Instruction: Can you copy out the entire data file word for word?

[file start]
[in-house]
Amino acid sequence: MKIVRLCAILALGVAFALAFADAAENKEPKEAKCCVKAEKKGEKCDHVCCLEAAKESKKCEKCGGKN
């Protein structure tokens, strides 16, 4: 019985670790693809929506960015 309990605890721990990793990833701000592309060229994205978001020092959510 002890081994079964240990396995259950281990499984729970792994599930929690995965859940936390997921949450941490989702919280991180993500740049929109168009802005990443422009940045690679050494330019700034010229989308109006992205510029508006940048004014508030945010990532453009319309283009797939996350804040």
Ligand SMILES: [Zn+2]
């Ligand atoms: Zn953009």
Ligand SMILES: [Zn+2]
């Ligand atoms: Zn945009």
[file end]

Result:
[in-house]
Amino acid sequence: MKIVRLCAILALGVAFALAFADAAENKEPKEAKCCVKAEKKGEKCDHVCCLEAAKESKKCEKCGGKN
């Protein structure tokens, strides 16, 4: 019985670790693809929506960015 309990605890721990990793990833701000592309060229994205978001020092959510 002890081994079964240990396995259950281990499984729970792994599930929690995965859940936390997921949450941490989702919280991180993500740049929109168009802005990443422009940045690679050494330019700034010229989308109006992205510029508006940048004014508030945010990532453009319309283009797939996350804040």
Ligand SMILES: [Zn+2]
């Ligand atoms: Zn953009």
Ligand SMILES: [Zn+2]
């Ligand atoms: Zn945009």